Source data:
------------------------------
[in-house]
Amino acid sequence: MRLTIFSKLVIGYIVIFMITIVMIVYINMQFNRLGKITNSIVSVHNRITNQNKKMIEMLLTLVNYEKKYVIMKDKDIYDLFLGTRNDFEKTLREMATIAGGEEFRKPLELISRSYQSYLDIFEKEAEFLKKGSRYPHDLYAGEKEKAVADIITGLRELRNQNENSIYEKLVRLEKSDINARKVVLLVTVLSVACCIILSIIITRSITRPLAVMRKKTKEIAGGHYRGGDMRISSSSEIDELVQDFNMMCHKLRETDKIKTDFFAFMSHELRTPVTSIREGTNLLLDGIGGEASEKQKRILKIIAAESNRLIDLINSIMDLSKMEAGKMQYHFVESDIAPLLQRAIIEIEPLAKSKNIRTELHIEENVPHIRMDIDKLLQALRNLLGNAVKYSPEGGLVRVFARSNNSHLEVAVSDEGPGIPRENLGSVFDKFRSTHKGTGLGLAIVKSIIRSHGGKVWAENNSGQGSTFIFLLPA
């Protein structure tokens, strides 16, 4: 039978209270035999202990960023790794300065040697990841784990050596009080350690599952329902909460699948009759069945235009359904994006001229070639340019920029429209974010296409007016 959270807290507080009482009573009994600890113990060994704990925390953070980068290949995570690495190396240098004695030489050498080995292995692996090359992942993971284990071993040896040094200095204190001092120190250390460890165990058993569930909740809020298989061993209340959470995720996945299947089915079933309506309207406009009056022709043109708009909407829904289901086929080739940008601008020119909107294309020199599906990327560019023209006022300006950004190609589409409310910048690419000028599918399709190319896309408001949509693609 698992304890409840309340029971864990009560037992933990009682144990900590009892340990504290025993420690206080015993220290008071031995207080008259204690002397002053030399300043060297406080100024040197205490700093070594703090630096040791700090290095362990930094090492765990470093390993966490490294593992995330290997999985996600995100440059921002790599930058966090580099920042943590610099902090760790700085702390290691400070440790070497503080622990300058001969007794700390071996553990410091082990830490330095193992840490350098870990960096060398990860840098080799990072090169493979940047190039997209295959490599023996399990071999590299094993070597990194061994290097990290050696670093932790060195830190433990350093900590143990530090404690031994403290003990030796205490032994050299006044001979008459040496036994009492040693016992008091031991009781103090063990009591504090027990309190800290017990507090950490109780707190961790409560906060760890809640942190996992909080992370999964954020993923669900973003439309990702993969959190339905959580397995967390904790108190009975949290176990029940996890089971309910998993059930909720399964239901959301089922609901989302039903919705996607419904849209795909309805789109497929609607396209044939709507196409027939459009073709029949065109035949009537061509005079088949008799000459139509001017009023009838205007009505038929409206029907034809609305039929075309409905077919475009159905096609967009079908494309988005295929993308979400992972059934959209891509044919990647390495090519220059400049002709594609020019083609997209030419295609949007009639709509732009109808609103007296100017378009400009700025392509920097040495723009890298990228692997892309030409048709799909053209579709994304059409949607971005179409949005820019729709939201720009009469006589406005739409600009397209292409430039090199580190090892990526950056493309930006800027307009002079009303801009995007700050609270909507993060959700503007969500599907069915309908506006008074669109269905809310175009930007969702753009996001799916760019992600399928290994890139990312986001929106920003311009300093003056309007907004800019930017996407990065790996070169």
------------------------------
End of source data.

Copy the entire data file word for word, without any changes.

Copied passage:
[in-house]
Amino acid sequence: MRLTIFSKLVIGYIVIFMITIVMIVYINMQFNRLGKITNSIVSVHNRITNQNKKMIEMLLTLVNYEKKYVIMKDKDIYDLFLGTRNDFEKTLREMATIAGGEEFRKPLELISRSYQSYLDIFEKEAEFLKKGSRYPHDLYAGEKEKAVADIITGLRELRNQNENSIYEKLVRLEKSDINARKVVLLVTVLSVACCIILSIIITRSITRPLAVMRKKTKEIAGGHYRGGDMRISSSSEIDELVQDFNMMCHKLRETDKIKTDFFAFMSHELRTPVTSIREGTNLLLDGIGGEASEKQKRILKIIAAESNRLIDLINSIMDLSKMEAGKMQYHFVESDIAPLLQRAIIEIEPLAKSKNIRTELHIEENVPHIRMDIDKLLQALRNLLGNAVKYSPEGGLVRVFARSNNSHLEVAVSDEGPGIPRENLGSVFDKFRSTHKGTGLGLAIVKSIIRSHGGKVWAENNSGQGSTFIFLLPA
């Protein structure tokens, strides 16, 4: 039978209270035999202990960023790794300065040697990841784990050596009080350690599952329902909460699948009759069945235009359904994006001229070639340019920029429209974010296409007016 959270807290507080009482009573009994600890113990060994704990925390953070980068290949995570690495190396240098004695030489050498080995292995692996090359992942993971284990071993040896040094200095204190001092120190250390460890165990058993569930909740809020298989061993209340959470995720996945299947089915079933309506309207406009009056022709043109708009909407829904289901086929080739940008601008020119909107294309020199599906990327560019023209006022300006950004190609589409409310910048690419000028599918399709190319896309408001949509693609 698992304890409840309340029971864990009560037992933990009682144990900590009892340990504290025993420690206080015993220290008071031995207080008259204690002397002053030399300043060297406080100024040197205490700093070594703090630096040791700090290095362990930094090492765990470093390993966490490294593992995330290997999985996600995100440059921002790599930058966090580099920042943590610099902090760790700085702390290691400070440790070497503080622990300058001969007794700390071996553990410091082990830490330095193992840490350098870990960096060398990860840098080799990072090169493979940047190039997209295959490599023996399990071999590299094993070597990194061994290097990290050696670093932790060195830190433990350093900590143990530090404690031994403290003990030796205490032994050299006044001979008459040496036994009492040693016992008091031991009781103090063990009591504090027990309190800290017990507090950490109780707190961790409560906060760890809640942190996992909080992370999964954020993923669900973003439309990702993969959190339905959580397995967390904790108190009975949290176990029940996890089971309910998993059930909720399964239901959301089922609901989302039903919705996607419904849209795909309805789109497929609607396209044939709507196409027939459009073709029949065109035949009537061509005079088949008799000459139509001017009023009838205007009505038929409206029907034809609305039929075309409905077919475009159905096609967009079908494309988005295929993308979400992972059934959209891509044919990647390495090519220059400049002709594609020019083609997209030419295609949007009639709509732009109808609103007296100017378009400009700025392509920097040495723009890298990228692997892309030409048709799909053209579709994304059409949607971005179409949005820019729709939201720009009469006589406005739409600009397209292409430039090199580190090892990526950056493309930006800027307009002079009303801009995007700050609270909507993060959700503007969500599907069915309908506006008074669109269905809310175009930007969702753009996001799916760019992600399928290994890139990312986001929106920003311009300093003056309007907004800019930017996407990065790996070169």